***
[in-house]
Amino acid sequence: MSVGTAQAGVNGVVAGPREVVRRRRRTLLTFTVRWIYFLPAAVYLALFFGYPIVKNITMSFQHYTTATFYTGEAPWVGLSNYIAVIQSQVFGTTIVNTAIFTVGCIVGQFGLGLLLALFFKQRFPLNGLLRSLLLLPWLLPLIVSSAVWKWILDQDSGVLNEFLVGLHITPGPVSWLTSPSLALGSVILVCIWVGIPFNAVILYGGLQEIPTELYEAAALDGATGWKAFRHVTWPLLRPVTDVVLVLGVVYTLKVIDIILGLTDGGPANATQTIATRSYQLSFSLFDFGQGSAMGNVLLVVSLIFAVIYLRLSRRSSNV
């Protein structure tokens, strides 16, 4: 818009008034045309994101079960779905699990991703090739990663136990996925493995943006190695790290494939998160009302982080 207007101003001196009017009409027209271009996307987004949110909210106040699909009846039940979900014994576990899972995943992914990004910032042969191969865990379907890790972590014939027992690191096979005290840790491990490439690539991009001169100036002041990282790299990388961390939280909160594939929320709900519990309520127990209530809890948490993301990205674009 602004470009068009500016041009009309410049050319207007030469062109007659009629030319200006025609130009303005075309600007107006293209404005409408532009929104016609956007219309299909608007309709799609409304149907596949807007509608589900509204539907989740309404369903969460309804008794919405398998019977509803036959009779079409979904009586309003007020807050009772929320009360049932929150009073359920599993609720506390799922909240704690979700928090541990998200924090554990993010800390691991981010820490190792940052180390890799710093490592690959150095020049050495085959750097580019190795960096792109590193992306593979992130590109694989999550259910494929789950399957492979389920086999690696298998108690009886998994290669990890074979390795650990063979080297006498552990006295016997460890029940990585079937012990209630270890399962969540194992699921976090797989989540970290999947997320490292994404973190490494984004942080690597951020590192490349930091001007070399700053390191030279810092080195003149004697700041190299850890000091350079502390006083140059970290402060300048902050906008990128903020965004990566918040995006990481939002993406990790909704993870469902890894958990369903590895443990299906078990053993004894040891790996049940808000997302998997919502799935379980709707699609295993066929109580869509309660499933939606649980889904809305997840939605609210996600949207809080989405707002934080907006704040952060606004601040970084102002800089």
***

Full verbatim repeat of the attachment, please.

[in-house]
Amino acid sequence: MSVGTAQAGVNGVVAGPREVVRRRRRTLLTFTVRWIYFLPAAVYLALFFGYPIVKNITMSFQHYTTATFYTGEAPWVGLSNYIAVIQSQVFGTTIVNTAIFTVGCIVGQFGLGLLLALFFKQRFPLNGLLRSLLLLPWLLPLIVSSAVWKWILDQDSGVLNEFLVGLHITPGPVSWLTSPSLALGSVILVCIWVGIPFNAVILYGGLQEIPTELYEAAALDGATGWKAFRHVTWPLLRPVTDVVLVLGVVYTLKVIDIILGLTDGGPANATQTIATRSYQLSFSLFDFGQGSAMGNVLLVVSLIFAVIYLRLSRRSSNV
């Protein structure tokens, strides 16, 4: 818009008034045309994101079960779905699990991703090739990663136990996925493995943006190695790290494939998160009302982080 207007101003001196009017009409027209271009996307987004949110909210106040699909009846039940979900014994576990899972995943992914990004910032042969191969865990379907890790972590014939027992690191096979005290840790491990490439690539991009001169100036002041990282790299990388961390939280909160594939929320709900519990309520127990209530809890948490993301990205674009 602004470009068009500016041009009309410049050319207007030469062109007659009629030319200006025609130009303005075309600007107006293209404005409408532009929104016609956007219309299909608007309709799609409304149907596949807007509608589900509204539907989740309404369903969460309804008794919405398998019977509803036959009779079409979904009586309003007020807050009772929320009360049932929150009073359920599993609720506390799922909240704690979700928090541990998200924090554990993010800390691991981010820490190792940052180390890799710093490592690959150095020049050495085959750097580019190795960096792109590193992306593979992130590109694989999550259910494929789950399957492979389920086999690696298998108690009886998994290669990890074979390795650990063979080297006498552990006295016997460890029940990585079937012990209630270890399962969540194992699921976090797989989540970290999947997320490292994404973190490494984004942080690597951020590192490349930091001007070399700053390191030279810092080195003149004697700041190299850890000091350079502390006083140059970290402060300048902050906008990128903020965004990566918040995006990481939002993406990790909704993870469902890894958990369903590895443990299906078990053993004894040891790996049940808000997302998997919502799935379980709707699609295993066929109580869509309660499933939606649980889904809305997840939605609210996600949207809080989405707002934080907006704040952060606004601040970084102002800089």